The Catholic Church, Human Rights and Democracy: Convergence and Conflict with the Modern State
Notre Dame Law School
University of Notre Dame
THE CROSS, THE CRESCENT AND THE BALLOT BOX: CATHOLIC AND ISLAMIC DIALOGUE ON THE RULE OF LAW AND INTERNATIONAL DEMOCRACY PROMOTION, Peter Schraeder, ed., Forthcoming
Notre Dame Legal Studies Paper No. 09-15
This book chapter traces the history of the Catholic Church's relationship to the modern state, focusing on the idea of sovereignty and the development of human rights and democracy. It argues that the Catholic Church's relationship to human rights and democracy in the modern world can only be understood as reflective of both a historical convergence and a persistent tension and ambivalence. The first part argues for this dual theme in the development of Catholic doctrine, where today, as over the past several centuries, the Church's conception of the common good yields both an embrace of human rights and democracy and a critique of certain aspects of their secular espousal. The second part illustrates how this parallel acceptance and tension is manifested in practice, showing that the Church's efforts to advance its teachings on human rights and democracy sometimes succeed and sometimes encounter resistance, both on account of conceptual differences with modern states and international organizations as well as because of obstructing institutional realities.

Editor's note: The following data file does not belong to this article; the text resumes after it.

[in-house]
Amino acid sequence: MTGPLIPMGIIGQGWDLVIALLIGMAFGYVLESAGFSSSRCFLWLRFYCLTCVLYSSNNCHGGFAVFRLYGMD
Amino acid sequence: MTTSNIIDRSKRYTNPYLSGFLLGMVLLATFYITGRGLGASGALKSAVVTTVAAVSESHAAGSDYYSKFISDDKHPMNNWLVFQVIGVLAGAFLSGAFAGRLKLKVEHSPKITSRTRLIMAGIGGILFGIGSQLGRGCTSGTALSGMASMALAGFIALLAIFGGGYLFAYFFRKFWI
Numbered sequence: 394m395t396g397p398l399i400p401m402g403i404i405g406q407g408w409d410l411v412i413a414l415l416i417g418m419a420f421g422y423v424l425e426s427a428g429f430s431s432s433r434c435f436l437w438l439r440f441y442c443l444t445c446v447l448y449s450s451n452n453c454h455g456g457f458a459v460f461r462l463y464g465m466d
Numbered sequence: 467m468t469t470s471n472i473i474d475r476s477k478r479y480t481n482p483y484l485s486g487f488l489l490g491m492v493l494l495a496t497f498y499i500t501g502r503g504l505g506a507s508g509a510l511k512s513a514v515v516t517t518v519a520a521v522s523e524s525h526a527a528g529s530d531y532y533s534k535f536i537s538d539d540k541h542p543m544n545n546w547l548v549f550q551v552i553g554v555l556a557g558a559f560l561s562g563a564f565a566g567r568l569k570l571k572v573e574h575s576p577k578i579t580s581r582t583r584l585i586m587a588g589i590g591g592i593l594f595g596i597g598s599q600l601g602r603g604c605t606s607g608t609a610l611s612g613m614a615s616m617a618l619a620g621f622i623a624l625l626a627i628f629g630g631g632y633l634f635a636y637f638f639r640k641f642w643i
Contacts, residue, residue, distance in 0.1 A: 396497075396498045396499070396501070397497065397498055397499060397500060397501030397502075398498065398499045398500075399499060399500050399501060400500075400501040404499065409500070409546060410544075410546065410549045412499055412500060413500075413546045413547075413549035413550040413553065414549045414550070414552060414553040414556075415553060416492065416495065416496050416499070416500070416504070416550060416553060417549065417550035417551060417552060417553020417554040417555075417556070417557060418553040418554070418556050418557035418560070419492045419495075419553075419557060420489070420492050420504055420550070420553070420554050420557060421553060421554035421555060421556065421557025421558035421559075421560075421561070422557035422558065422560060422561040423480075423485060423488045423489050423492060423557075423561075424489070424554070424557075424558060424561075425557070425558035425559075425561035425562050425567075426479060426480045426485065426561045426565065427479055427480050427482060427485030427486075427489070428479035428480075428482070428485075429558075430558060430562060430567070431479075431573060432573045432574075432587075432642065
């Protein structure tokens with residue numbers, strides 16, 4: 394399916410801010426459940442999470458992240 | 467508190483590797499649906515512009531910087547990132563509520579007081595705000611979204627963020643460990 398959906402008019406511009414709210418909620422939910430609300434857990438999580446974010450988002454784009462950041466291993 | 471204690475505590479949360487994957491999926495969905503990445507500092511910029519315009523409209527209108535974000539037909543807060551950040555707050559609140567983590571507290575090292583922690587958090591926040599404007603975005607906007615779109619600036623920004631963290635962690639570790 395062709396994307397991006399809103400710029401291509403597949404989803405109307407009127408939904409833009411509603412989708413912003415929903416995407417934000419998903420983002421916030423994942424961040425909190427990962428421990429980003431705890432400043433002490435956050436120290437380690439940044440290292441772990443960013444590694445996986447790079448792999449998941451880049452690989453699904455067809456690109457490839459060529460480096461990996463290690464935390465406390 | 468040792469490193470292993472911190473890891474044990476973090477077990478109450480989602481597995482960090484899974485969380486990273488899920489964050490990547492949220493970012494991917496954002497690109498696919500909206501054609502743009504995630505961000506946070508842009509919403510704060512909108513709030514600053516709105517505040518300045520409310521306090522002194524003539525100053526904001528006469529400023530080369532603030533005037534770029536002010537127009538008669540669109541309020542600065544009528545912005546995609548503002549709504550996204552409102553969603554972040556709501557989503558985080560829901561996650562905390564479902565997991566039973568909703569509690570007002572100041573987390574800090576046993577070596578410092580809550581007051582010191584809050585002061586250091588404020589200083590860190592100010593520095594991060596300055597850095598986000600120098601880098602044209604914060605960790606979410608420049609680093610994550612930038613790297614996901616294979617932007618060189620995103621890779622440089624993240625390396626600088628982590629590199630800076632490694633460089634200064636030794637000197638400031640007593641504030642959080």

Number of Pages in PDF File: 33
Keywords: Catholic church; religion and human rights; democratization; sovereigntyworking papers series
Date posted: April 25, 2009
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